Objectives: We compared the clinical outcome of sirolimus-eluting stents (SES) and paclitaxel-eluting stents (PES) in a real-world scenario.
Background: In selected patients, SES has been associated with lower late luminal loss than PES. Whether this emerging biological difference could translate into different clinical efficacy in daily practice is presently unknown.
Methods: This analysis included 1,676 consecutive patients with de novo coronary lesions treated solely with drug-eluting stents (SES = 992; PES = 684). All patients were enrolled in a dynamic prospective registry comprising 13 hospitals. We assessed the cumulative incidence of major adverse cardiac events (MACE), defined as death, myocardial infarction (MI), and target vessel revascularization (TVR) during follow-up.
Results: Overall, 29% of the patients had diabetes, 23% had prior MI, and 9% had poor left ventricular function. ST-segment elevation MI was diagnosed at admission in 12%. Multivessel intervention was performed in 16%. At 1-year follow-up, SES was associated with a reduced incidence of MACE (9.2% SES vs. 14.1% PES; p = 0.007) and TVR (5.0% SES vs. 10.0% PES; p = 0.0008) compared to PES. A propensity analysis with many clinical and angiographic variables was carried out to adjust for baseline differences. In this analysis, SES was associated with a 44% risk reduction of MACE (hazard ratio 0.56, 95% confidence interval 0.39 to 0.78) and a 55% reduction of TVR (hazard ratio 0.45, 95% confidence interval 0.29 to 0.70). This result was consistent across most subgroups tested. Similar rates of death and MI were observed in the 2 treatment groups.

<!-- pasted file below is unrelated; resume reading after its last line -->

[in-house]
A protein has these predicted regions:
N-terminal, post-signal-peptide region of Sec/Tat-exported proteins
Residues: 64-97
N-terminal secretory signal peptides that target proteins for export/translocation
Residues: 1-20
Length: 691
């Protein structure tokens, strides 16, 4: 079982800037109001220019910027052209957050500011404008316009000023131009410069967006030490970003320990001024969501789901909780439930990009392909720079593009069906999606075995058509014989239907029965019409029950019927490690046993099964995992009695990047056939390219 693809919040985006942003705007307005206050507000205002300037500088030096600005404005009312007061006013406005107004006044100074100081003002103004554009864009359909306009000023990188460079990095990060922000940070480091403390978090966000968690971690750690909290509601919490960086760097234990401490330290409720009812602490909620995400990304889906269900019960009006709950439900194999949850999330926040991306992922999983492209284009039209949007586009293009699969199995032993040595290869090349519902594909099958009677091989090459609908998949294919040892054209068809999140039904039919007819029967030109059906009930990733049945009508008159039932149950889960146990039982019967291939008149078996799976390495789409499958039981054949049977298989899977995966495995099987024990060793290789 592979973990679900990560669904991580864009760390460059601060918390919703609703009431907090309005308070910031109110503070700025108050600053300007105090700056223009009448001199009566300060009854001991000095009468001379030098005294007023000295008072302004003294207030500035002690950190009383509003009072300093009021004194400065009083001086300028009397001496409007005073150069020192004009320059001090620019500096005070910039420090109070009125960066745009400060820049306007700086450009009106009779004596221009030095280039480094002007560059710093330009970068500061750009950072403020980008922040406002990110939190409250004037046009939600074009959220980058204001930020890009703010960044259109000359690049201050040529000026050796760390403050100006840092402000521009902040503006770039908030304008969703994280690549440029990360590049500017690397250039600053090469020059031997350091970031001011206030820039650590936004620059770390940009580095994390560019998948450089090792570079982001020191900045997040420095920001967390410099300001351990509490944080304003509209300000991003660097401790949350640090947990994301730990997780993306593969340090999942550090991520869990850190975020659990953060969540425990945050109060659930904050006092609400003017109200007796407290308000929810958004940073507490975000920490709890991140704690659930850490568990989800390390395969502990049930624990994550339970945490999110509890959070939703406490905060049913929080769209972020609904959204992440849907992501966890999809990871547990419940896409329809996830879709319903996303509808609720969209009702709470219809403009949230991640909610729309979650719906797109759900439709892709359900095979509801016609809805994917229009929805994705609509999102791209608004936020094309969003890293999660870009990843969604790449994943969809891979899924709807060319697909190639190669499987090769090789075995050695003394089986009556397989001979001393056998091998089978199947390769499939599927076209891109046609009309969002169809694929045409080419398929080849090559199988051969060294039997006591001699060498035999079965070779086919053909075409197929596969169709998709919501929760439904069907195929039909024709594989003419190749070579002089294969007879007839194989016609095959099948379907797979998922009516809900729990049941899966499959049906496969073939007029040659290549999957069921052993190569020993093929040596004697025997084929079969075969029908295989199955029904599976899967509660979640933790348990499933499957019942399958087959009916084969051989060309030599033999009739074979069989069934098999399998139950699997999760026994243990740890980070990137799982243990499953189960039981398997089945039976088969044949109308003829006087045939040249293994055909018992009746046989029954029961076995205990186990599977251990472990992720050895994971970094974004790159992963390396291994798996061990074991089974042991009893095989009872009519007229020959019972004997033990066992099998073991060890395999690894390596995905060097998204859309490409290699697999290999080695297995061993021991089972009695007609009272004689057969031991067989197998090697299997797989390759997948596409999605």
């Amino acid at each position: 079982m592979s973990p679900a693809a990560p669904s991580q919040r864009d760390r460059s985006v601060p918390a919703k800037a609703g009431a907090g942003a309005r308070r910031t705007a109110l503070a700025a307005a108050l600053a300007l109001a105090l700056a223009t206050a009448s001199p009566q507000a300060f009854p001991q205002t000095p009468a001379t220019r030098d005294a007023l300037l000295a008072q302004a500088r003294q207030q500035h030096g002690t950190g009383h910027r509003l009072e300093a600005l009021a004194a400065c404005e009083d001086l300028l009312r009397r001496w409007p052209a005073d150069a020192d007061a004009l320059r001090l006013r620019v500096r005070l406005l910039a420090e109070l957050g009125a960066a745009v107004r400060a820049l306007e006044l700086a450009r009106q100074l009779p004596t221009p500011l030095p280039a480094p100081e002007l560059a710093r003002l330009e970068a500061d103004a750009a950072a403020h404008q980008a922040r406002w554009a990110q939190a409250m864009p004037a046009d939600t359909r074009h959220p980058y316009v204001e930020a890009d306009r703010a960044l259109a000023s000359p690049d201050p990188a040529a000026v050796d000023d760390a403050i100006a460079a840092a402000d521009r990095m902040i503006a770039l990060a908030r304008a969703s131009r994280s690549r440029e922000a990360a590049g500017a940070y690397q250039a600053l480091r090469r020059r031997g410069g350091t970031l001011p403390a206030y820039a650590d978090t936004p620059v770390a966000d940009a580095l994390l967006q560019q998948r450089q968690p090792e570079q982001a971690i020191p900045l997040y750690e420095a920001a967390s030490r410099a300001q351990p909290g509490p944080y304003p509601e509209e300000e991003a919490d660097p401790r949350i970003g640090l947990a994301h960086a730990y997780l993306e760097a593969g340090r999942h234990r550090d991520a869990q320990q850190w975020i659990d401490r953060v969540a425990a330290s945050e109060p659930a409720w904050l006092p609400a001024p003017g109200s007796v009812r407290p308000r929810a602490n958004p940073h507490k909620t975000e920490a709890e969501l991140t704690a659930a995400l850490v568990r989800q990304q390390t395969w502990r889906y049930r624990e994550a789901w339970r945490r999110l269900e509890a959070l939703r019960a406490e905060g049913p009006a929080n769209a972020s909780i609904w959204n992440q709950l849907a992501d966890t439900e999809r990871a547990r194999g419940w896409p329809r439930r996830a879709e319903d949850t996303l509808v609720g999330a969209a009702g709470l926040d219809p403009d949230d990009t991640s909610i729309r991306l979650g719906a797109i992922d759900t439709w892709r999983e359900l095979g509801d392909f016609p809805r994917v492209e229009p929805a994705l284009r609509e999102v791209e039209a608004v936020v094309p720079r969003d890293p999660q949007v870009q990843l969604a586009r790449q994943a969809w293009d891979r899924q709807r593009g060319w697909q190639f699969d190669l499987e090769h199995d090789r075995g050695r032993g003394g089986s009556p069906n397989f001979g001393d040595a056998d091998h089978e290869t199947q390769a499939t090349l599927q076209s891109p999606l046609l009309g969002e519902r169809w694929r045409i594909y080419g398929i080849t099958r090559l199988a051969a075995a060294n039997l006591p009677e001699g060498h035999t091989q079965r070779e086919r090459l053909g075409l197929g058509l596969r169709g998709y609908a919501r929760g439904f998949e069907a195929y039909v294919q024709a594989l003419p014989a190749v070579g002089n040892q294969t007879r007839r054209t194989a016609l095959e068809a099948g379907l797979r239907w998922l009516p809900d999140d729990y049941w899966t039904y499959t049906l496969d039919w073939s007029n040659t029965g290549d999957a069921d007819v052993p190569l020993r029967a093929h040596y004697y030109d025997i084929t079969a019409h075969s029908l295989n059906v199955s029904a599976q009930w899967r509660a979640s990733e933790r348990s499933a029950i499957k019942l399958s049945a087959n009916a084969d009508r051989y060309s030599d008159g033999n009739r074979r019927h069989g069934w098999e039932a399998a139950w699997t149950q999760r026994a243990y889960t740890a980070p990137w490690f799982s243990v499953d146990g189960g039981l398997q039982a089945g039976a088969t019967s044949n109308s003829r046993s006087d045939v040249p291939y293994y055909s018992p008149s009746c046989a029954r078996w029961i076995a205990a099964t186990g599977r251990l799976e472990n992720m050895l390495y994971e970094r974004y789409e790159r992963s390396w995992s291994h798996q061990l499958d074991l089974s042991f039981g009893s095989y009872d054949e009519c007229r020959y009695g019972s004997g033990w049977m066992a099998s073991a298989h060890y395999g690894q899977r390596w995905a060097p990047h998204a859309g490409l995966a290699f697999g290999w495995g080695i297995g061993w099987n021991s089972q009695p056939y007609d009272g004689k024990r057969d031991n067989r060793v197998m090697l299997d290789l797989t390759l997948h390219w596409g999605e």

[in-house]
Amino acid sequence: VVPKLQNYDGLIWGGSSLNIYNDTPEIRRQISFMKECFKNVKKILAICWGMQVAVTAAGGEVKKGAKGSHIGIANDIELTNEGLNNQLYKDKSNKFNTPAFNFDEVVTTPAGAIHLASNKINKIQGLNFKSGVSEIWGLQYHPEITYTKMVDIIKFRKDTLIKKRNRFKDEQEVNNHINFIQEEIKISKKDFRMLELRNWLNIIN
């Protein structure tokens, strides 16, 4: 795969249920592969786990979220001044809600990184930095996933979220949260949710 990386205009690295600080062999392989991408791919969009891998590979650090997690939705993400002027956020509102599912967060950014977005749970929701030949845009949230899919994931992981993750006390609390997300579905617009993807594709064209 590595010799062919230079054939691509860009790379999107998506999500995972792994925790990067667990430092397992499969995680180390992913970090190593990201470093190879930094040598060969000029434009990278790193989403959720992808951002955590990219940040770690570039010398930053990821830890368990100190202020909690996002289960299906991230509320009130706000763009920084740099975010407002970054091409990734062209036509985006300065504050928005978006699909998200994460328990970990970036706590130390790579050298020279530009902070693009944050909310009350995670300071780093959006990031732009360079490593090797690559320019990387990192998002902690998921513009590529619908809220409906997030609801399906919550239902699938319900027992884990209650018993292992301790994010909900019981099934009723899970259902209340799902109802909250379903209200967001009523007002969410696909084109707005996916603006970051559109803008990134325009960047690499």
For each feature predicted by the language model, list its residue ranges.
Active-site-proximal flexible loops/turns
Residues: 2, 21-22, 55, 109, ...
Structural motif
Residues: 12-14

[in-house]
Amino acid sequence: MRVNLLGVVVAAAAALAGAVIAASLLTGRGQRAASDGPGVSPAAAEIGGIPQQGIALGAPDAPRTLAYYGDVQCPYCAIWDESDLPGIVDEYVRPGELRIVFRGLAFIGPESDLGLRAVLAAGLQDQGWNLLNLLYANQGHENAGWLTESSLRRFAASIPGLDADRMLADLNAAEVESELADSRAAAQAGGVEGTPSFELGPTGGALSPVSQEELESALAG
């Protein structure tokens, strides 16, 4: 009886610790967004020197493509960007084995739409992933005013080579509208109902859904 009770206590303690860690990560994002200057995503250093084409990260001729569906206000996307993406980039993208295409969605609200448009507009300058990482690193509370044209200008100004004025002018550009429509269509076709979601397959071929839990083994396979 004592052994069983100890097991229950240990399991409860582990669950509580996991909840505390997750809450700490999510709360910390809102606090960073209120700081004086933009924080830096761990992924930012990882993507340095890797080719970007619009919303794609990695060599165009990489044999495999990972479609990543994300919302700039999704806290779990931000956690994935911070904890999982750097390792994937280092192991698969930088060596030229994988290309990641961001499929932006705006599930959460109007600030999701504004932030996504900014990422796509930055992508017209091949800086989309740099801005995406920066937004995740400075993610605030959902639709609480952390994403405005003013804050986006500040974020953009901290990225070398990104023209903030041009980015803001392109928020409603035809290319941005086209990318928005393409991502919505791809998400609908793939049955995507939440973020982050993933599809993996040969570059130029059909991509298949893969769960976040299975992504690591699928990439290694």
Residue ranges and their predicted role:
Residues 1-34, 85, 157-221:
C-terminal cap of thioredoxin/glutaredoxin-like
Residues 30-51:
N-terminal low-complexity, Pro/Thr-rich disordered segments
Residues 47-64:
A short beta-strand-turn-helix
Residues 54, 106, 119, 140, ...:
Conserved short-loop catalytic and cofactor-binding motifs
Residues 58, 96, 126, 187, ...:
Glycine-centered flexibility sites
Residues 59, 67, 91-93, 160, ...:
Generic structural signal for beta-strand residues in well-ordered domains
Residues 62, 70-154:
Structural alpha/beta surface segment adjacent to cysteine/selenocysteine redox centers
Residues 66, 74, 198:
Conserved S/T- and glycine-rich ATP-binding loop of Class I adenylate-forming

Conclusions: In this large real-world population, SES improved 1-year clinical results as compared to PES.